This means investing money. Specifically, it means buying a Mac, and some version of Final Cut. (Express, perhaps?) Yes, I know it's possible to cut video on a PC, but my experience with home recording on a PC was hellish enough to give me a fiery hatred of all PC-based multimedia production. So I need to sort out how much a passable editing rig would cost.
Ideally, I'd start with some simple tutorial stuff, and eventually move on to trying to edit together the old Sketchville material.
(Theoretically, this would also give me a marketable skill, but I doubt that lots of people in Austin get paid to edit video, or that they get paid a living wage for it, or even that I'd necessarily enjoy it as a day job.)
I know, I know, this is silly as hell. But for at least a decade, I've wanted to learn to play the trumpet. It's a bright and lovely ornament to my favorite pop tunes, it's a gorgeously-expressive jazz instrument, and it delights me whenever it gets the spotlight in classical pieces.
(Goddammit, why didn't I do marching band in high school? Stupid wasted life.)
Again, this would require money: an instrument costs money, and lessons cost money. And again, it may turn out that I just can't get the hang of it. And I *know* that, even if I do get passable at it, it will be the most useless skill in the world. (And folks, I know from useless skills.) But it may well make me happy, and it behooves me to at least give it a shot.
So those are the two big projects on the 'bucket list'.
But there are also a lot of 'non-bucket projects'. Yes, these are low priority, but I think these projects are still important, because I rather desperately need to explore. I've been pursuing the exact same hobbies, in an increasingly desultory fashion, for *over a decade*, and I need to see what else is out there.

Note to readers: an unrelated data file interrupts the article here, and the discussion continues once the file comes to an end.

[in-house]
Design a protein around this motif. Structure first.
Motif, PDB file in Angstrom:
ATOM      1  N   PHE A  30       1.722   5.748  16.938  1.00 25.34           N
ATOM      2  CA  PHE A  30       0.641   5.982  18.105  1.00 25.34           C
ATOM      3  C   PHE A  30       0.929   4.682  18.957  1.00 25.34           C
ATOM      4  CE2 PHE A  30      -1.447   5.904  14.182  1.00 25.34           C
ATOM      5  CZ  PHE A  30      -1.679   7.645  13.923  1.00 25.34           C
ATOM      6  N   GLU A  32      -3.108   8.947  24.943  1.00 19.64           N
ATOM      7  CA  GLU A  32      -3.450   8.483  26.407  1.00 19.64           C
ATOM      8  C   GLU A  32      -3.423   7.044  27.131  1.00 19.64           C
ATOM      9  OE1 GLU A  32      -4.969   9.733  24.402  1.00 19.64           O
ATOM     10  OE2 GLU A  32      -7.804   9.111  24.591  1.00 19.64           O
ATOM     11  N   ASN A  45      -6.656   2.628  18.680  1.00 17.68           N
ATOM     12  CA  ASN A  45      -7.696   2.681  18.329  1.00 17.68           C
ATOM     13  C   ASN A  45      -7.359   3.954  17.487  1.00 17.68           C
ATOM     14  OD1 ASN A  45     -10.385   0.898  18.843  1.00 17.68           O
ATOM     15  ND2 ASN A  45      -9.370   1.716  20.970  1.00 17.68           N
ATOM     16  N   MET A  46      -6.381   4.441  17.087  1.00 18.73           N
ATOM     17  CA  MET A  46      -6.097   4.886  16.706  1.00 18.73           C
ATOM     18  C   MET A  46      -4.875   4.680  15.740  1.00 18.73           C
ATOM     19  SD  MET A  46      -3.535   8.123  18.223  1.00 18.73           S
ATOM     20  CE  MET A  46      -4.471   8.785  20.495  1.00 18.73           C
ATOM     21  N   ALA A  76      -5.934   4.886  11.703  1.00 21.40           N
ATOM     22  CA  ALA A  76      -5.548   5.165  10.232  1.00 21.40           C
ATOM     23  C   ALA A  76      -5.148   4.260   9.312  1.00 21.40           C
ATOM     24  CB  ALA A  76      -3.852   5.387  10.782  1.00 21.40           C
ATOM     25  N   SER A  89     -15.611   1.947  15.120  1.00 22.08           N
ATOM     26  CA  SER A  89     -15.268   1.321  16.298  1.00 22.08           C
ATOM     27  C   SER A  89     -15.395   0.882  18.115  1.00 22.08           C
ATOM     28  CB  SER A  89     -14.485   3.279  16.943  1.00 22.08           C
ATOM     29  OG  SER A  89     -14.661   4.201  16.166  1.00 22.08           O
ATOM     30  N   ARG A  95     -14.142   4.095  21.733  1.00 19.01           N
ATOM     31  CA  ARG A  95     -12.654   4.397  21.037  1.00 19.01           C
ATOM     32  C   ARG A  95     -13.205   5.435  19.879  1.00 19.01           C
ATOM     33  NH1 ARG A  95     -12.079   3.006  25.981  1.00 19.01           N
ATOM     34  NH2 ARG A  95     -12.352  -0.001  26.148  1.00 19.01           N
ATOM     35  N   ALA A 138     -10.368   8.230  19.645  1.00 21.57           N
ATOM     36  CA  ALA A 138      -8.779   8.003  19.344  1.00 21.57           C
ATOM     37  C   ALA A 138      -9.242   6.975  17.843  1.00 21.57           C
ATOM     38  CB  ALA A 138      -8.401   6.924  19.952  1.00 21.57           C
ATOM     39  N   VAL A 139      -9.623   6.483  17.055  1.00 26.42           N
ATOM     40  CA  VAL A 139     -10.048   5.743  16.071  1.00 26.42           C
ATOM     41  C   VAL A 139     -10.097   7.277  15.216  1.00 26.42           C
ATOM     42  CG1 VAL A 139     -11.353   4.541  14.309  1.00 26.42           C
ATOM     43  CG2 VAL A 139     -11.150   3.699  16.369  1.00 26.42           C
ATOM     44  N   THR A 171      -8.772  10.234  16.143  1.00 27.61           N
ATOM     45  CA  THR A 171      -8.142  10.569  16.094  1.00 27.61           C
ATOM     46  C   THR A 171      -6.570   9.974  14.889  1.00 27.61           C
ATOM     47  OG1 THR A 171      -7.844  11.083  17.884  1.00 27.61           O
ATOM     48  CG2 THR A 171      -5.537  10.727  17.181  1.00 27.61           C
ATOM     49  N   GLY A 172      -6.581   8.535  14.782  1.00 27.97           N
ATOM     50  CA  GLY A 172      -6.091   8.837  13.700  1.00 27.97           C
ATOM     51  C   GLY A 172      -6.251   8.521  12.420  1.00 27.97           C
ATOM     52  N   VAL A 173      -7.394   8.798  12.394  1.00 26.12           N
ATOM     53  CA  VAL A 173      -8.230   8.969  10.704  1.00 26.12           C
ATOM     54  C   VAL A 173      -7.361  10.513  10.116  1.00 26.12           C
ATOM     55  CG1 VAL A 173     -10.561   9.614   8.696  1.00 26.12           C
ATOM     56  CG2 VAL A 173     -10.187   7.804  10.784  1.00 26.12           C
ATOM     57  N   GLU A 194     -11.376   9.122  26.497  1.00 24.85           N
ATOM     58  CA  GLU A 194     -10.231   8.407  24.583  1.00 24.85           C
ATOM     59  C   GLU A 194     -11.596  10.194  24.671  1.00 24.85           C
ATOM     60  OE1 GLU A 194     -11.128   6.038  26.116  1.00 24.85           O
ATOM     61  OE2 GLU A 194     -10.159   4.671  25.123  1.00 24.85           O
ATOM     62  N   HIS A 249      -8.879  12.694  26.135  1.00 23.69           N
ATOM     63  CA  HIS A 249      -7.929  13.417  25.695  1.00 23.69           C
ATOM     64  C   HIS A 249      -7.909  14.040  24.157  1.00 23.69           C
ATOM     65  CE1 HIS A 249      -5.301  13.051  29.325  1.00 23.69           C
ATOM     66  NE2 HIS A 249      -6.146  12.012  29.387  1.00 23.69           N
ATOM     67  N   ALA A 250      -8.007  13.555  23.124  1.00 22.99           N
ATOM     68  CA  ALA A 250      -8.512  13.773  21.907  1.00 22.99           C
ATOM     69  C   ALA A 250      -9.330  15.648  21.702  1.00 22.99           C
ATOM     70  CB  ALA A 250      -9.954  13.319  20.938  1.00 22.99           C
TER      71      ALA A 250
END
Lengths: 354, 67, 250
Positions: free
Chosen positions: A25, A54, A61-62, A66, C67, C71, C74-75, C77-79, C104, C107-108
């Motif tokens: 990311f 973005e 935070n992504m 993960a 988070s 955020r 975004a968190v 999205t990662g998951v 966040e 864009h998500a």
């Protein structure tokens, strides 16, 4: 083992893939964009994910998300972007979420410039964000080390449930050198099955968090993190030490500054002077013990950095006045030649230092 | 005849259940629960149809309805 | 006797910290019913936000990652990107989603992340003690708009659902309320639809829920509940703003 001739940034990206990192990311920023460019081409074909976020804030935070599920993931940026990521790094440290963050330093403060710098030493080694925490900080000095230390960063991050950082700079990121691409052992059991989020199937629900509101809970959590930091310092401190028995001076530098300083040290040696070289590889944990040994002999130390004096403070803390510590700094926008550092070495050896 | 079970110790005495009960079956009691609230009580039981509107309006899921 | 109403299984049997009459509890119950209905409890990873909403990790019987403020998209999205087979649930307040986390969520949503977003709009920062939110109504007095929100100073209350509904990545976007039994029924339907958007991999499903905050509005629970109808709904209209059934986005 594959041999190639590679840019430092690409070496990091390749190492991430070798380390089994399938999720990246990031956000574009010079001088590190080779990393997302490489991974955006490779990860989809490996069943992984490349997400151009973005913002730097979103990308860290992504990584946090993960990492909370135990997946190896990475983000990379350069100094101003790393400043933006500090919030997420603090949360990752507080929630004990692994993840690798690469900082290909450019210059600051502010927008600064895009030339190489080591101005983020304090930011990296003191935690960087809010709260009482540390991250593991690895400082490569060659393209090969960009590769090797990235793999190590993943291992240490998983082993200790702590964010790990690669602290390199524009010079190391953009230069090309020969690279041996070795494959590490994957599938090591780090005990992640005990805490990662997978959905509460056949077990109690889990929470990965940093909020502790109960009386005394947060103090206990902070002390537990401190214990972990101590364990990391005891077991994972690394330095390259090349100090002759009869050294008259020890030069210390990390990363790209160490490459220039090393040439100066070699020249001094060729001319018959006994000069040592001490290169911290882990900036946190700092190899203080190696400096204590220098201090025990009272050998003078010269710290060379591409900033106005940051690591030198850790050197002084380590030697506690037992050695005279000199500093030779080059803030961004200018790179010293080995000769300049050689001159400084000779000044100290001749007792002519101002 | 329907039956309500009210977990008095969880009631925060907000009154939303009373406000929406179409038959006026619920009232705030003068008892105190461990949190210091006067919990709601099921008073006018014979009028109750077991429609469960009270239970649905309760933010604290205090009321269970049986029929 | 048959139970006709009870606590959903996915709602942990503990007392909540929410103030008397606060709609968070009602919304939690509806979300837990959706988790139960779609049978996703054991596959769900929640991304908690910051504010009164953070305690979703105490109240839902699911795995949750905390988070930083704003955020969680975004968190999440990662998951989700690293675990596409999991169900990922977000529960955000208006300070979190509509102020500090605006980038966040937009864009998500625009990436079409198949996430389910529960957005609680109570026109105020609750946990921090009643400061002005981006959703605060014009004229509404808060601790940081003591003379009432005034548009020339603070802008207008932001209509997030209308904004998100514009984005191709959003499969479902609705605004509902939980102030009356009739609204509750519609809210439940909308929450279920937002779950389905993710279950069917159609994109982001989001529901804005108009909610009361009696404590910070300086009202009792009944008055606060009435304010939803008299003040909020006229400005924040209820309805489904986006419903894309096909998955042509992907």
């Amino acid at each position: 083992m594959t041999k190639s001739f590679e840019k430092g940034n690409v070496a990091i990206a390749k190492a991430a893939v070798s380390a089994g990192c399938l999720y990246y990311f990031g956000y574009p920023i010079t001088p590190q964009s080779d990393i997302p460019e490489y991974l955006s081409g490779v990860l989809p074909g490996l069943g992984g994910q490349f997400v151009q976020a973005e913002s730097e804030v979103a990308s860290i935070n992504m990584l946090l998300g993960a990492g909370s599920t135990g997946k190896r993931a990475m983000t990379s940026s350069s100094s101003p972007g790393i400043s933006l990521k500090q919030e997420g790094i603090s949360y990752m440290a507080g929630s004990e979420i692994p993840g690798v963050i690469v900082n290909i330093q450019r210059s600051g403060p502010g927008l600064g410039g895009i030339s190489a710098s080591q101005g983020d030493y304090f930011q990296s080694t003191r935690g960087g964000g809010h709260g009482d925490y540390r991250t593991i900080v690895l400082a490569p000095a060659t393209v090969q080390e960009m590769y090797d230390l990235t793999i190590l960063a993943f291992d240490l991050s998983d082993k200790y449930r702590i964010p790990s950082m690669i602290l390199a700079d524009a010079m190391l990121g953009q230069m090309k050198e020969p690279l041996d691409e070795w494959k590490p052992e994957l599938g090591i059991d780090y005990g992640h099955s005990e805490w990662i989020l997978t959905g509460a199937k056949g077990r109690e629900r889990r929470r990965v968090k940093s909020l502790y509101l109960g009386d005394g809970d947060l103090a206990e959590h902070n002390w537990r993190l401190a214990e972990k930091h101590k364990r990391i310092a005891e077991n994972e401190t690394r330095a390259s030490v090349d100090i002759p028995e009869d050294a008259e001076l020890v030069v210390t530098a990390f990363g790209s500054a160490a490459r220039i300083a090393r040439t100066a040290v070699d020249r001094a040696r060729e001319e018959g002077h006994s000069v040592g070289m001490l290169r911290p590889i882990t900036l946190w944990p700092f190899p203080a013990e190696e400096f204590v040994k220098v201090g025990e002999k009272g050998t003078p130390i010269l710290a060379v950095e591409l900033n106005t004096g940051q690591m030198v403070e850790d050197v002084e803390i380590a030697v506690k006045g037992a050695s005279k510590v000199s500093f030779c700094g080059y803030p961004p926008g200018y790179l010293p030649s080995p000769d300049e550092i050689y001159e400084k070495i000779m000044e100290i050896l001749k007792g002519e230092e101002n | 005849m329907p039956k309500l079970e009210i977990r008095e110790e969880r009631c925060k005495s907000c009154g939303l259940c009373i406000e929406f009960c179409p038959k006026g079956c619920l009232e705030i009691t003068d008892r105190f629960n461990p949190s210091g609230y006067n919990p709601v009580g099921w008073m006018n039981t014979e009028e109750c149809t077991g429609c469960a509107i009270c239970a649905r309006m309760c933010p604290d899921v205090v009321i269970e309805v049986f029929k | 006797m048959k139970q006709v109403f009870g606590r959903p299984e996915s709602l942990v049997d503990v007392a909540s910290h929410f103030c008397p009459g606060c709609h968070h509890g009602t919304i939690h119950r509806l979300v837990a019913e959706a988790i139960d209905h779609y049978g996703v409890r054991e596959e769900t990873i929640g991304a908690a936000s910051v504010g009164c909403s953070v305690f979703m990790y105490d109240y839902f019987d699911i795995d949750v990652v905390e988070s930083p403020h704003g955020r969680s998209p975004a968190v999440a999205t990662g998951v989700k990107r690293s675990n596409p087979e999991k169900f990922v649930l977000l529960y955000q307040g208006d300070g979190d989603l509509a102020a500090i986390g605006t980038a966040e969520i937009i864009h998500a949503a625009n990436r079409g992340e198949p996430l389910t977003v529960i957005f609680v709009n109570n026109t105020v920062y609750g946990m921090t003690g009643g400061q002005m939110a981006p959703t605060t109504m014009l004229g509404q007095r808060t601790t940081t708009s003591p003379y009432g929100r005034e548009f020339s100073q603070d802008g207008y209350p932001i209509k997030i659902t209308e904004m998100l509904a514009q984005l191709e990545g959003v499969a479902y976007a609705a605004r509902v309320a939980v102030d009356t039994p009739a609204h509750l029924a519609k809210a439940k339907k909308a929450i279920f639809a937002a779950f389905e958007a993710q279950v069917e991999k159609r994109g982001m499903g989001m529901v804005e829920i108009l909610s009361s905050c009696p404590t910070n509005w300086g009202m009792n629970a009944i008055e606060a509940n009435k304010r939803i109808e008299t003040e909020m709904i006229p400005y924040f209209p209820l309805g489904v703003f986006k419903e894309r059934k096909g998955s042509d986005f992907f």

Hell, maybe I'd really *like* cooking if only I gave it a bit of effort. That's very unlikely, sure, but I *need* to take a bunch of these unlikely shots-in-the-dark. If, in the end, I just verify that there are many, many hobbies I hate, well then that's something new I know about myself.
So here are all those possibilities, in a big list.
I've had to say "no" to a fair number of acting opportunities, just because I've had no time for them. Most of these are ancillary to the AIC, as friends shoot webseries and occasional local ads. There are theatrical opportunities, such as the regular "Teen Angst Tuesday" gig at the Highball. And occasionally they need performers for sketch-comedy material. There are other opportunities from the local showbiz world, like being an extra in TV shows that shoot here.
It vexes me that I've never really trained as an actor. I still can barely sort out how to find my light onstage. I have a dim-at-best understanding of how to pick subtext out of a script, and how to translate the words and descriptions into playable actions. Hell, I usually have to be reminded that my character came from somewhere before the scene, and is going somewhere afterwards. I don't know if I could ever get better (or at least more professional) at acting, but the prospect is enticing.
That said, acting *devours* time, and I might do well to trade one acting opportunity for the chance to do, like, five other things on this list. My gut instinct is to nab a few of these opportunities (especially for film, which is much less time-eating than theater in my experience) if they come up. Yay, acting adventures.
I've already mentioned trumpet above. And I know I want to resume my usual twenty minutes of guitar-playing per day.
If I wanted to, I could go further. For instance, I could also have yet another run at learning piano. Really, I just want to get proficient enough to play pop songs, and I finally have my keyboard set up so that I don't need to turn on the computer in order to play it.
I could have another go at writing a song every week, which is something I did back in 2003. Or, if not that, I could at least resume "peteroke", where I recorded a cover song on my acoustic every week back in 2007. Note that these projects (especially the songwriting ones) were where I learned to loathe PCs for multimedia work -- so if I wanted to do any serious home recording, I would again want to buy a Mac.